The Andreja Premium fits easily under standard-height kitchen cabinets with enough room to allow for cappuccino cups on top. If you have ready access to a water line, it’s worth considering the optional kit that converts the Andreja Premium from a pourover tank model to direct-plumbing. The kit includes everything you’ll need and the machine already has access holes for the requisite tubing. While it may seem to some like a needless luxury, you’ll be surprised how often the tank needs refilling, since a cooldown flush and a short spritz to rinse the grouphead of loose grinds requires around 6-8 ounces of water. It’s not uncommon to drain half the tank in one morning and go through several refills if you’re serving company.
Direct plumbing (optional)
In addition to the convenience, direct plumbing also eliminates the need for weekly tank cleaning and avoids concerns about the boiler warming the reservoir. The only drawback is that the pump water that is normally vented back to the tank by the expansion valve will instead drain into the drip tray, requiring you to empty it more often. Each so, after a few weeks of enjoying this convenience, you’ll wonder why you didn’t convert it sooner.
If I haven’t convinced you to go with direct plumb-in, you can at least look forward to a dead-accurate shutoff magnetic switch that detects a small float on the bottom of the tank. Unlike weight-activated switches which must be adjusted to avoid prematurely shutting off the pump, the Andreja Premium will drain the tank to precisely the same level each time.
The Andreja Premium includes re-written instructions of the original manufacturer owner’s manual. The advice it offers is succinct and practical for the first-time buyer. It covers all the setup and first-time use questions you’re likely to have, as shown by its table of contents:
Before Each Use
Tips For Making Great Espresso
How to Froth Milk for Cappuccinos and Lattes
We’re Here to Help
I especially appreciate the “First-time Setup” instructions that emphatically covered the steps to verify the machine is ready for use. While it pains me to admit it, I once burned out the heating element of a demonstration machine because of a wire that had come loose during shipment. I would have avoided the delay and cost of replacing the part if I had had the practical advice documented in the Andreja Premium’s instructions.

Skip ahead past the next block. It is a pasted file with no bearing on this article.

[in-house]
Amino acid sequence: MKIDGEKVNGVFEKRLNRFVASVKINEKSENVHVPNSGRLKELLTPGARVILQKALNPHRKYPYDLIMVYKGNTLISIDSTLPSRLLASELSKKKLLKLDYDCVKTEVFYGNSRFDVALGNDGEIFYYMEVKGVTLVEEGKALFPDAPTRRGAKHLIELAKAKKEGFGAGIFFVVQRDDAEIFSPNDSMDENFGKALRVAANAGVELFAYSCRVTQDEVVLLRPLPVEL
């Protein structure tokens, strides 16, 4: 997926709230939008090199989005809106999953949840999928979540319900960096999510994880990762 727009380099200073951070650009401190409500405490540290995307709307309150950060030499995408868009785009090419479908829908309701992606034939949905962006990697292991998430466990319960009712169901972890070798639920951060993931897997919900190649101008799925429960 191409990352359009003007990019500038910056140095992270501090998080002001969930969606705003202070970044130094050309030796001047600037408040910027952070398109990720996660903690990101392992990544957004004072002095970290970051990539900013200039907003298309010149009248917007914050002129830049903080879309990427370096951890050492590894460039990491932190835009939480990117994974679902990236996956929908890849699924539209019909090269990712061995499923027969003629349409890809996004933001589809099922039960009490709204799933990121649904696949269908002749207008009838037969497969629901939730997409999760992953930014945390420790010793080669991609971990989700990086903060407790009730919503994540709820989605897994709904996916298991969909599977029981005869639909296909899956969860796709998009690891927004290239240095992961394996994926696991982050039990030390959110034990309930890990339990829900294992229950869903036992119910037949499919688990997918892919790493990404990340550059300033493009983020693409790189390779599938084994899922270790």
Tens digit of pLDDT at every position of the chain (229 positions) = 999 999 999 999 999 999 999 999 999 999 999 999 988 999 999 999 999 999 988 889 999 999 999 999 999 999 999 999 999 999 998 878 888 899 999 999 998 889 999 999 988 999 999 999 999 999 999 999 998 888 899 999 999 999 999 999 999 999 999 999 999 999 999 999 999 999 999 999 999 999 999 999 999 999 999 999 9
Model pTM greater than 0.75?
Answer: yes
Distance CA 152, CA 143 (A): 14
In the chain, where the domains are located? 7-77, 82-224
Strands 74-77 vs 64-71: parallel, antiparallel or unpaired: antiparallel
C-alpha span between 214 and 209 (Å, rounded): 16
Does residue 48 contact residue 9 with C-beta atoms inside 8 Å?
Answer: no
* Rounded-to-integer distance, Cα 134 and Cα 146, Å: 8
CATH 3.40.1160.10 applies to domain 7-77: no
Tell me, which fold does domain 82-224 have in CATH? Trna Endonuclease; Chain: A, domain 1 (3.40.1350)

[ed] In the spirit of full disclosure, please note that I organized and copyedited the Andreja Premium instruction guide. The original content was based on Chris’ “customer question checklist” he had collected over the years. Despite my potential bias, I nonetheless consider it one of the better starter espresso machine instructions that I’ve read.
Once the water tank was filled and I had followed the first-time setup instructions, I let the machine warm up for a good half hour. The boiler’s pressurestat setting was 1.2 bar at the top of the heating element cycle. I double-checked the maximum brew pressure was a reasonable 10 bar by activating the pump with a portafilter having a blind basket (no holes) locked into the grouphead. While I had my tools out, I also regulated the Isomac Rituale to the same pressurestat and brew pressure settings.
The Andreja Premium has three indicators to tell you what’s going on. The leftmost red lamp is the power indicator; it’s on whenever the machine is plugged in and the power switch is in the on position. The other two lamps are indicators of the boiler’s status: Green means it’s up to temperature and red means it’s heating.
The Rituale has the same light arrangement as the Andreja Premium, although there is a slight difference in behavior: When the Rituale detects a low-water situation, the machine powers down and all lights go off. The Andreja Premium leaves on just the power indicator, alerting you to the fact its water tank needs refilling. The Giotto Premium has a single light that illuminates when the power switch is in the on position. Its lack of a low-water indicator caught me off guard once; I puzzled for several minutes why the machine was cold and yet the power light was on. I’ve since adopted the practice of always refilling the tank before powering up, which is a good habit for any pourover machine.